HAL (Heuristically programmed ALgorithmic computer) who controlled the systems of the spacecraft and interacted with the ship’s astronaut crew – (“I’m sorry, Dave, I’m afraid I can’t do that.”) was listed as the 13th-greatest film villain in the American Film Institute’s 100 Years…100 Heroes & Villains.
1974 – At the 46th Academy Awards, The Sting won 7 awards, including Best Picture and Best Director for George Roy Hill.
Jack Lemmon won Best Actor (Save The Tiger) and Glenda Jackson (A Touch of Class) won Best Actress.
The Exorcist, nominated for ten awards, won only two; Best Screenplay and Best Sound. The film’s producers can take consolation in the fact that a movie produced for $12 million earned over $450 million.
1975 – High rigger Paul Mitchell secured the final piece of antenna, topping off the CN Tower in Toronto, Ontario at 1,815 feet in height, becoming – at the time – the world’s tallest free-standing structure.
The tower, which opened to the public on June 26, 1976, held the record for the world’s tallest free-standing structure for 32 years until 2007 when it was surpassed by the Burj Khalifa (in Dubai, United Arab Emirates) and was the world’s tallest tower until 2011 when it was surpassed by Tokyo Skytree.
It is now the ninth tallest free-standing structure in the world and remains the tallest free-standing structure on land in the Western Hemisphere.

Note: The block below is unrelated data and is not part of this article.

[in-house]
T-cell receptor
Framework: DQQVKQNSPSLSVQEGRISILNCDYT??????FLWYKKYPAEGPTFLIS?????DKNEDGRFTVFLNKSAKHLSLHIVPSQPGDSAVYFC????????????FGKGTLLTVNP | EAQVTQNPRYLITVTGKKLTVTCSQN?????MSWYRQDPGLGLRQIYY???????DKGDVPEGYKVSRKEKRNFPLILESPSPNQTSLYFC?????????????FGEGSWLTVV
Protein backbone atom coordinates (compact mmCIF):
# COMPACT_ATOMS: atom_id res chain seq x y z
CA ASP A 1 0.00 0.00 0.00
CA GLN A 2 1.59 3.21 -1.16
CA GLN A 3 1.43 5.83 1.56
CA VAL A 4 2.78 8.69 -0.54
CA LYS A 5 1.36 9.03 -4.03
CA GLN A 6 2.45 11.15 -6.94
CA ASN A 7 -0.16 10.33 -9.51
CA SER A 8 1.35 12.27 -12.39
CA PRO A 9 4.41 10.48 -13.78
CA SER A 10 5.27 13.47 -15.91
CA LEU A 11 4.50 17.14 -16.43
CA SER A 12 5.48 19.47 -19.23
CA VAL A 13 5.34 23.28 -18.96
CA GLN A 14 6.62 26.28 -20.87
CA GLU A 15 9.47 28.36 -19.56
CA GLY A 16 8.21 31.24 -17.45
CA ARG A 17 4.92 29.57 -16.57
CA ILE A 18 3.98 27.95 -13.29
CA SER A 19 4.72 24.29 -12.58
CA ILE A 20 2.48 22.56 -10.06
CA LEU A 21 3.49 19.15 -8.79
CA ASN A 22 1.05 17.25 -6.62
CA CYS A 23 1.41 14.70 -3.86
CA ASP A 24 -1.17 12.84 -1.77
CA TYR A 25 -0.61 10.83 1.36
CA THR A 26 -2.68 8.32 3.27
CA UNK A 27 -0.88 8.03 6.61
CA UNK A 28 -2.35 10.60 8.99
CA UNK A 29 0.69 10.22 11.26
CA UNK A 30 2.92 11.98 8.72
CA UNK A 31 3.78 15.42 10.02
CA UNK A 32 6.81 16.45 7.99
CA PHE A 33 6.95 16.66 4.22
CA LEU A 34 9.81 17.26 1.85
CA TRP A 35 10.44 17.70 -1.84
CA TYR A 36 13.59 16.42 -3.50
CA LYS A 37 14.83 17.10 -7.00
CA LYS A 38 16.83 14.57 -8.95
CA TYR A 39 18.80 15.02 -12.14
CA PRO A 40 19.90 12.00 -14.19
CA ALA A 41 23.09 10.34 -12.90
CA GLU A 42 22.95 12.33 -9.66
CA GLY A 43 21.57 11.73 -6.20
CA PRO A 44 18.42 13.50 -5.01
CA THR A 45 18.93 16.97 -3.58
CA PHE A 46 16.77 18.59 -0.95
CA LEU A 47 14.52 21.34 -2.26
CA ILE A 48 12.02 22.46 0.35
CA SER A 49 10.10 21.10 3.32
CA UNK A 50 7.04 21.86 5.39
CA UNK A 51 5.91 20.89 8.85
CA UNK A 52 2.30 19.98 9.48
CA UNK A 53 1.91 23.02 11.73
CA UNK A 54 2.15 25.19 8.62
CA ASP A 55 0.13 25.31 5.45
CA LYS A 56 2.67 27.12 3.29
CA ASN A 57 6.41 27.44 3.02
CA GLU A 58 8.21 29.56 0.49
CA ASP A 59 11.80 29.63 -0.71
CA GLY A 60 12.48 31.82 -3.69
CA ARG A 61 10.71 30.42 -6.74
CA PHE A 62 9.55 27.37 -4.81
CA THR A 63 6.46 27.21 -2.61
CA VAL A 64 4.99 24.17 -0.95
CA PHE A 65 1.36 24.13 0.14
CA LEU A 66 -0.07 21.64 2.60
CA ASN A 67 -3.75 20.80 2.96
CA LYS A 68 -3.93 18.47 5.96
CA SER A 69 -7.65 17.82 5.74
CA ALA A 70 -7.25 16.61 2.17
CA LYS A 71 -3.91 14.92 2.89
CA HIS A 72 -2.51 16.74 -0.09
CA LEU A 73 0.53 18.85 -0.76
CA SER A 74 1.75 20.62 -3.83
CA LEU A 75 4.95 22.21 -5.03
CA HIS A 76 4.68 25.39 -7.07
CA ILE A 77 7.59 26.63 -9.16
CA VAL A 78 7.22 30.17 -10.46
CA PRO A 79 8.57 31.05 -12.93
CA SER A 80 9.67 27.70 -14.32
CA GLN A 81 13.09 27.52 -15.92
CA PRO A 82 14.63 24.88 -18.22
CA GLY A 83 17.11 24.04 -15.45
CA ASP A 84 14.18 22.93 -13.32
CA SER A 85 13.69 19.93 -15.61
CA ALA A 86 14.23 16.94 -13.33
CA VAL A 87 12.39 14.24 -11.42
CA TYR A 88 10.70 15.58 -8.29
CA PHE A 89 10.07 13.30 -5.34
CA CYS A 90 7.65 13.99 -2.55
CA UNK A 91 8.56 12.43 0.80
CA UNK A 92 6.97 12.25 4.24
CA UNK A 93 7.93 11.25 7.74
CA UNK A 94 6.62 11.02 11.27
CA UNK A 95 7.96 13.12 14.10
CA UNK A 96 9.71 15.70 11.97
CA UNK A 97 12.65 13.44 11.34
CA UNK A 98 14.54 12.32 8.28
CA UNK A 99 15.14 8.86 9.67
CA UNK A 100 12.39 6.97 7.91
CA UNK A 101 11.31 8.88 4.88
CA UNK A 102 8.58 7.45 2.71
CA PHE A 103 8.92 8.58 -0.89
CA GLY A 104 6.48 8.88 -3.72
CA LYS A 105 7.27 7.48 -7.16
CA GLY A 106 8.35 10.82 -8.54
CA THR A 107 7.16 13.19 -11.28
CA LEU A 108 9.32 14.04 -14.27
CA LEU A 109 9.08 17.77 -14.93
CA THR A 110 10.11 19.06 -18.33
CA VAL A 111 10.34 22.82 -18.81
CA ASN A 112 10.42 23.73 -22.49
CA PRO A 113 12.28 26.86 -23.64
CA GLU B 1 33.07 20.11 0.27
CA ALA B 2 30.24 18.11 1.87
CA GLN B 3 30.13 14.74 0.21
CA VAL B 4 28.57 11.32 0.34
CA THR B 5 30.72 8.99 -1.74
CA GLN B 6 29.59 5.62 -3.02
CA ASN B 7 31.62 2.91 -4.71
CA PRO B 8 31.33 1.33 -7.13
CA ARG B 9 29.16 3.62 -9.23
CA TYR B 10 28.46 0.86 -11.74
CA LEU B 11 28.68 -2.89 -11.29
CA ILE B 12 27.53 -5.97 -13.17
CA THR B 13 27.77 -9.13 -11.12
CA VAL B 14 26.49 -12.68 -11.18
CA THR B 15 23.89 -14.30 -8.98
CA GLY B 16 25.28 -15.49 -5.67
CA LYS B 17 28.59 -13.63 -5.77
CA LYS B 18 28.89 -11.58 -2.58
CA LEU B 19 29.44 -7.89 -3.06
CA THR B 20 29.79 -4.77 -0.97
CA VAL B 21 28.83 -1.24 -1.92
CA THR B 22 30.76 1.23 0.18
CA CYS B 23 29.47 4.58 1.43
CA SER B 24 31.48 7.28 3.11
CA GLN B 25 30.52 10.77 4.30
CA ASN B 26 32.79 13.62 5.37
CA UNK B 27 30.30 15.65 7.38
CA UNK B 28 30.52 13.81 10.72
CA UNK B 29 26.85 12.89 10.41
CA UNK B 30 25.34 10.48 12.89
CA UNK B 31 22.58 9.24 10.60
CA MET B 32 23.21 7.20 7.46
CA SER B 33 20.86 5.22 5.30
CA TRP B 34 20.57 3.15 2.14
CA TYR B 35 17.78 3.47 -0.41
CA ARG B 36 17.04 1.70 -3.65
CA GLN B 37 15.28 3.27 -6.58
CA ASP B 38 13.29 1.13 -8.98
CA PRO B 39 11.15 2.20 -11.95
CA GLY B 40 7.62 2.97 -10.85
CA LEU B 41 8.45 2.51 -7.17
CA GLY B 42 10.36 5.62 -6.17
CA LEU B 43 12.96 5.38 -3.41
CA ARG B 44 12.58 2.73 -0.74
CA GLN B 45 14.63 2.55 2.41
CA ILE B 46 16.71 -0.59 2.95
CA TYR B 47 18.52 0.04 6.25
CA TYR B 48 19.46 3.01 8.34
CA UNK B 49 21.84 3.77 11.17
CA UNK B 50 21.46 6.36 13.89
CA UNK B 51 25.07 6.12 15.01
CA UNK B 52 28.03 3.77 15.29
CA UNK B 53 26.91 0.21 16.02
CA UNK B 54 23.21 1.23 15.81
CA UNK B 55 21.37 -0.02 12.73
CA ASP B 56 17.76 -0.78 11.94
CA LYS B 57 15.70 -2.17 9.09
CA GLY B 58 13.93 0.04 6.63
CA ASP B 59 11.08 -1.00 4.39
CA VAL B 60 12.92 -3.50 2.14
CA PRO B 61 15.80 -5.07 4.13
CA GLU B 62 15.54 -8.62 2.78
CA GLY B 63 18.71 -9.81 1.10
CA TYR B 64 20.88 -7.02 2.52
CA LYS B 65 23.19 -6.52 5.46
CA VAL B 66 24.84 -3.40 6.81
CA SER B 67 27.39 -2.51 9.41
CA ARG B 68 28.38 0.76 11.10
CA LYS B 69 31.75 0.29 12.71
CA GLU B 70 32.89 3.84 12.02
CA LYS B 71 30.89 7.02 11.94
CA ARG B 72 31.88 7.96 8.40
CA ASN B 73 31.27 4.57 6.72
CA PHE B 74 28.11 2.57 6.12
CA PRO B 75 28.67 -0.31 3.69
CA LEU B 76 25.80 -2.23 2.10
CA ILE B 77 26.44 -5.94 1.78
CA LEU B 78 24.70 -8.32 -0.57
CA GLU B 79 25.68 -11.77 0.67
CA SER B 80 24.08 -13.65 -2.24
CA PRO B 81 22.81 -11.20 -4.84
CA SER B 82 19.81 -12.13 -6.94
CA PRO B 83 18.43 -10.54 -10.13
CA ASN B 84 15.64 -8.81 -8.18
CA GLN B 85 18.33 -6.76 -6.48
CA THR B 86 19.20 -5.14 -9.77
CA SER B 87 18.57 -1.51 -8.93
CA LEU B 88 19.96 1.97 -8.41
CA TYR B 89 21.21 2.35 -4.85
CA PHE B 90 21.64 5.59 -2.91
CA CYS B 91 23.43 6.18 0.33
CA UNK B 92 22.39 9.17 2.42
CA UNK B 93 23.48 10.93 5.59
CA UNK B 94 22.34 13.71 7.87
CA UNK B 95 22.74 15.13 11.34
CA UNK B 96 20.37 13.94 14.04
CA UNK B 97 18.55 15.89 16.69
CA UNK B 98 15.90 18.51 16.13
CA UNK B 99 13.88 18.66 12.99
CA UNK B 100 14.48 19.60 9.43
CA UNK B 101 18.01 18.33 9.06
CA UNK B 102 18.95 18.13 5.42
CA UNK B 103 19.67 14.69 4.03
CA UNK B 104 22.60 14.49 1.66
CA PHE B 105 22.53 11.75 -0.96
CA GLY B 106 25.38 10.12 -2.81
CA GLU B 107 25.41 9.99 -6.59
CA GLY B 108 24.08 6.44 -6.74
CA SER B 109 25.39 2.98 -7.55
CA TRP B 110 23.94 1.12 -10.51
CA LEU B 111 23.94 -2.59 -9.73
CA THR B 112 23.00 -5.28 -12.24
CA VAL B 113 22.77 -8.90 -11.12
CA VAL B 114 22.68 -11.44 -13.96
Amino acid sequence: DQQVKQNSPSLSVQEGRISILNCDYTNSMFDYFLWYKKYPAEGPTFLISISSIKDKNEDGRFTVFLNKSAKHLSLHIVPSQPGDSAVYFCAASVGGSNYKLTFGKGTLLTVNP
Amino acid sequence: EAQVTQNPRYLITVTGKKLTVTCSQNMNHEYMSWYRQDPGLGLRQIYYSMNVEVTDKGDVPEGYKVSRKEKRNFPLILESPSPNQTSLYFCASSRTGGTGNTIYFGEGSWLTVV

On August 1, 2011, the CN Tower opened the EdgeWalk, the world’s highest full-circle, hands-free walk at 1,168 feet. Visitors are tethered to an overhead rail system and walk around the edge of the CN Tower’s main pod above the 360 Restaurant.
1978 – Dallas premiered as a five-part miniseries on CBS.
Producers initially had no plans for expansion; however, due to the show’s popularity, it was subsequently turned into a regular series and ran for 13 full seasons.
1987 – Buddy Rich, considered one of the most influential drummers of all time, died of respiratory and cardiac failure after treatment for a malignant brain tumor. He was 69.
Often cited as the greatest jazz drummer of all time – a statement that few, including Rich himself would argue with – he held a low opinion of both country and rock music; During medical therapy before his death, a nurse asked Rich whether he was allergic to anything, to which he replied, “Yes, country and western music.”
1992 – Mafia boss John Gotti was found guilty of 5 murders (Paul Castellano, Thomas Bilotti, Robert DiBernardo, Liborio Milito and Louis Dibono), plus conspiracy to murder, loansharking, illegal gambling, obstruction of justice, bribery and tax evasion.
On June 23, 1992, Gotti was sentenced to life imprisonment without the possibility of parole. He was incarcerated at the United States Penitentiary at Marion, Illinois.
He died of cancer on June 10, 2002. He was 61.
2003 – Singer Edwin Starr died of a heart attack at the age of 61.
Starr’s songs 25 Miles (#6) and Stop the War Now (#26) were major successes but he is best remembered for War, which peaked at #1 on the Billboard Hot 100 in 1970.
2005 – Pope John Paul II died from heart failure at the age of 84. Serving over 26 years as head of the Catholic Church, he was the second longest serving pope in modern history.
The Requiem Mass held six days later set world records both for attendance and number of heads of state present at a funeral.
Four kings, five queens, at least 70 presidents and prime ministers, and 15 leaders of other religions attended.
It was the largest single pilgrimage of Christianity in history.
Compiled by Ray Lemire ©2020 RayLemire.com / Streamingoldies.com. All Rights Reserved.